Tips for bass fishing in heavy wind

If you fish anywhere in the country one of
the things you’re going to have to deal withregardless the body of water you’re on is
wind. There’s a fish! I’ve learned over theyears that I don’t run away from the wind
because as I’m about to show you it doesn’trun the fish off. What you have to do sometimes
if the wind gets up like today we’ve got a25 mph wind on Kentucky Lake. I was coming
out here and I was going to throw a worm becausethat is what I was catching them on yesterday.
But with a 25 mph wind it can be hard to feelthe bottom so you’ve got to adjust your presentation.
But a bigger key for me is having a good pieceof equipment that can handle the wind. I run
a three-bank Minn Kota trolling motor. I’vegot the new 112 Fortrex. You need it to be
smooth and the head not be squirrelly becauseyou’re going to spend a good part of the day
actually standing on the trolling motor. I’llset my speed of my trolling motor to kind
of match the wind. I want it to just barelycreep me forward a little bit in the wind.
So that way I can kind of stand on it, holdmy position, and keep fishing the spot.
I found some of these spots when it wasn’twindy. Finding fish in the wind can be a little
difficult when you’re looking for new spots,but if you’ve already got a good spot and
you know they’re there, they’re not goingto leave just because it got windy. Especially
when you’re talking about offshore fishingaway from the bank. The key part of it is sometimes you’ve got
to turn and face in the general directionof the wind to keep your boat in control and
to keep from blowing off the spot. Which meansyou can be throwing at kind of an angle at
the back of your boat. A big key when you’re fishing wind can be
these more horizontal presentations: A crankbait,a spinnerbait, a Carolina rig with a big heavy
weight to maintain contact with the bottom,a football jig with a big heavy weight. I’m
going stay away from a Texas rigged worm witha little bitty weight, or jerking a spoon
around, or something like that which the windis going to really wreak havoc on not only
feeling that bait, but just casting it. But then conversely sometimes fish won’t be
as active in the shallow waters when it’sflat calm, sunny, and clear. A hard wind on
a place like a point or a little cut the windblowing in there can blow the bait in there
and really get the fish where they’re notas spooky. They’ll get up there and fed and
stay in that 1 or 2 foot of water. Whereaswhen it was clear and calm they wouldn’t get
up there. The big point I would make is don’t necessarily
run away from the wind if you’ve got the equipmentthat can handle it. A good strong trolling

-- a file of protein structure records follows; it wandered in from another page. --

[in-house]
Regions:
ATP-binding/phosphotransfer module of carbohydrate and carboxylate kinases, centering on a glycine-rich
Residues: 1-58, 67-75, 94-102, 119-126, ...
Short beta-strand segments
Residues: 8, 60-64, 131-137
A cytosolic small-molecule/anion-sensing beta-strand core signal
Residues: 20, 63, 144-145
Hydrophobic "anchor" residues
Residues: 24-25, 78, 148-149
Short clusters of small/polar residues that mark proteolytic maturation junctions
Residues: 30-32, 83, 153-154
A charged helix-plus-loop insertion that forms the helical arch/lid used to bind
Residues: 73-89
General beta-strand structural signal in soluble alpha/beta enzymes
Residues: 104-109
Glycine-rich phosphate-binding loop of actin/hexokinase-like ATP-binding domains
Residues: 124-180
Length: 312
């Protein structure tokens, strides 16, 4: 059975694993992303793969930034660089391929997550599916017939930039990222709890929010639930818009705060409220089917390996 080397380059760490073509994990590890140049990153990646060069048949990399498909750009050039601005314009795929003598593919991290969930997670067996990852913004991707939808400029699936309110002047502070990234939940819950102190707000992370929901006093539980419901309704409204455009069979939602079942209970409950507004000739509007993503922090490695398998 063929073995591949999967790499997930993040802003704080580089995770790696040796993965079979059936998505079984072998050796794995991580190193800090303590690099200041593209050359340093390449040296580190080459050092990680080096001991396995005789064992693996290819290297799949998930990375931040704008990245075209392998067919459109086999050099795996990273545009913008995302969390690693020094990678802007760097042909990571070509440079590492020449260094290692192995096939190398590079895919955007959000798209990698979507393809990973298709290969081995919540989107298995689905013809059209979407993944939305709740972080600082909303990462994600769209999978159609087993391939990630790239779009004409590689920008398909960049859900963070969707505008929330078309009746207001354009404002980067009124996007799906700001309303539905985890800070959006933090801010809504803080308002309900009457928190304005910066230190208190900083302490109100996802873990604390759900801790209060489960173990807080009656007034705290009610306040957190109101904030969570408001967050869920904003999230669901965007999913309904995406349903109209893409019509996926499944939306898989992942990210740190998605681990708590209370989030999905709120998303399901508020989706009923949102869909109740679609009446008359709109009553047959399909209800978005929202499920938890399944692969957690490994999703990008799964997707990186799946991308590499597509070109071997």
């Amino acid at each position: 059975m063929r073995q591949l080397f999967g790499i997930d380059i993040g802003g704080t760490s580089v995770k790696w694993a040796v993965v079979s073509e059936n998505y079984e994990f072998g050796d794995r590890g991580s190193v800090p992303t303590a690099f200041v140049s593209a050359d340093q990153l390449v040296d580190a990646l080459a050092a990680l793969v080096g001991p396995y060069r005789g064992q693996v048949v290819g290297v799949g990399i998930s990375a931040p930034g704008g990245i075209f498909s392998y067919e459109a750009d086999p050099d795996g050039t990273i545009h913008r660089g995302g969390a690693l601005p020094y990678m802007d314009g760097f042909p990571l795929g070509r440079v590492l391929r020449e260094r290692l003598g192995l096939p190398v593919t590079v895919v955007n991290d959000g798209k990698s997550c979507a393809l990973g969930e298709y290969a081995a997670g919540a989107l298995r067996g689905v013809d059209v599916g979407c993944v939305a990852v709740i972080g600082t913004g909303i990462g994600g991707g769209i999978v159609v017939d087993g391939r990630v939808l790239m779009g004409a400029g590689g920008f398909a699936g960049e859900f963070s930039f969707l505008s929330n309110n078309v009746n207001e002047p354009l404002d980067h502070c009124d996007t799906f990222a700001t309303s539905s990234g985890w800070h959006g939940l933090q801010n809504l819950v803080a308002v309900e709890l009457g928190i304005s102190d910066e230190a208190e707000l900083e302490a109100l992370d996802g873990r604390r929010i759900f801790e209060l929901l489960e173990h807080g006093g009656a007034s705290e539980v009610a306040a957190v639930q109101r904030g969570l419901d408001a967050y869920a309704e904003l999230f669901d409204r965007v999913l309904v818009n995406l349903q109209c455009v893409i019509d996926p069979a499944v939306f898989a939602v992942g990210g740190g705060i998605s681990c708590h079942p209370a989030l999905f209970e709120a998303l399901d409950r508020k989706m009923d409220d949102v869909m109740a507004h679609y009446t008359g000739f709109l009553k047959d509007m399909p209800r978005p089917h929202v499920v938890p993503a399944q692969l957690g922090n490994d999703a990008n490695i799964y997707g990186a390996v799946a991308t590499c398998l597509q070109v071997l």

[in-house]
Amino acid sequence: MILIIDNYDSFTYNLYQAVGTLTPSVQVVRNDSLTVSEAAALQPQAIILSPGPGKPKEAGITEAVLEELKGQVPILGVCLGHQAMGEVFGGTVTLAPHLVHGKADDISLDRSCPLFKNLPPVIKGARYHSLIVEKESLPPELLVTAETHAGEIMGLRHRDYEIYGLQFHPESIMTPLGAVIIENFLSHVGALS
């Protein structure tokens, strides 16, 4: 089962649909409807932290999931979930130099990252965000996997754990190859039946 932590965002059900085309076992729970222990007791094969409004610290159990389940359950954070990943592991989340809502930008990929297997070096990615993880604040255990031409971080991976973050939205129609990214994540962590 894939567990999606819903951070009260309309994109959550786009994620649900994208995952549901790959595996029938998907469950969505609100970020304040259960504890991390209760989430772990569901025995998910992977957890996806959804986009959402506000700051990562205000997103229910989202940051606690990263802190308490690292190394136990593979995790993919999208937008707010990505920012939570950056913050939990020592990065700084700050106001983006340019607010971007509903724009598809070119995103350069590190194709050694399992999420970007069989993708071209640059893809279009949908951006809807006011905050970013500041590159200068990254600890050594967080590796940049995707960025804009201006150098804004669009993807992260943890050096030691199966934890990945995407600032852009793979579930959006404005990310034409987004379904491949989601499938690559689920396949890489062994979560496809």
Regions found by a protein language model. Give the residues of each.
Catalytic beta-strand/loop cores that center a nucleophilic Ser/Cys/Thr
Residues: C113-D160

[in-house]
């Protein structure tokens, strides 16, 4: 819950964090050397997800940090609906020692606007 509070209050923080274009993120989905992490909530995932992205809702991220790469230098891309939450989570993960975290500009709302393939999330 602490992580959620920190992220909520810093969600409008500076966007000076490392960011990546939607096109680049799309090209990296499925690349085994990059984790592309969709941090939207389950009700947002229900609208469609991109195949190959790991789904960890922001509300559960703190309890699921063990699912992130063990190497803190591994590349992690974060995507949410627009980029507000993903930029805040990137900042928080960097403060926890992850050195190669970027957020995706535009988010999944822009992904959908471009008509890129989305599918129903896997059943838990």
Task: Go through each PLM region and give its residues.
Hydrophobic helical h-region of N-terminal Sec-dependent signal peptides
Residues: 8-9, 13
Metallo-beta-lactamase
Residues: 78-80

motor, good strong batteries, and that youkeep a good charge on. That’s a big thing
that people don’t realize with trolling motors. I’m going to be standing in the wind all day
today and it’s going to drain my battery downto nothing. You do this for 8 hours and as
soon as I get home I plug up my batteriesand start charging them. Batteries are real
sensitive to being left without a charge. So if you run it down dead one day. Then you
let it sit there for four days without a chargeon it, that battery won’t hold its charge
as long anymore. That’s a key component tobeing able to handle and fish in the wind
is keeping your batteries strong all the time. Obviously you have an advantage with a three
bank trolling motor. I’ve got this 112 seton 50 right now and I’m fishing in a 25 mph
wind. There’s One!Good one, that’s a nice fish! But that’s what
I mean you can look out there and see howbad it’s white capping in here. I pulled over
here to a point
in the wind that’s taking the wind right inthe face here, and look at that. That’s a
great bass on the 6XD. Like I say I’m throwinga big crankbait, which is something I can
feel the whole time in the wind. I can maintaincontact with the bottom and where I’m fishing.
That’s a good fish. We’ll let her go. If I don’t get bites with something like a
crankbait, a spinnerbait, something I canmaintain bottom contact with a steady retrieve
and I need to throw and jig or a worm in thewind. I’m going to turn my boat usually facing
head into the wind because it’s easier tocontrol your boat if the bow of your boat
is actually facing into the wind. Then I’mgoing to throw straight back with the wind.
What that does is now I can feel my bait. My line doesn’t have a big sideways like if
I try to fish perpendicular to the wind you’regoing to have this big huge bow in your line
and you’re going to have to try to feel yourbait with a big bow in your line. So when
you get a bite even if you can feel the bitewhich most times you can’t because that big
bow. If you can feel the bite, now you’vegot to reel up all that slack and figure out
when you’re at the fish before you set thehook. It just makes fishing a lot more cumbersome
with these bottom-bouncing baits in the wind. Like I’m fishing now I’ve got my boat faced
into the wind coming in here, my line is kindof straight back even with the boat, and I’ve
got my rod sideways but my line is straightback wind. It kind of eliminates that bow
for me. There’s One! Good fish too. That’s a big one!
It’s coming up, it’s going to jump out there. Nice one! So I was able to feel that bite
because I had good contact with my bait becauseI didn’t have to fight a bow in the wind.
That’s a good fish. He’s really pulling hard. Just take our time here. Here he comes. He swallowed that plastic on
there! That’s a good fish right there, a 2and 3/4-pound bass. I’m throwing just a 3/4-ounce
Biffle Head and I had a Strike King MenaceGrub on there. With that heavy head I can
maintain bottom contact as long as I controlthe bow in my line. That’s a good fish. A
nice schooling size fish and we will let hergo. Bye buddy.

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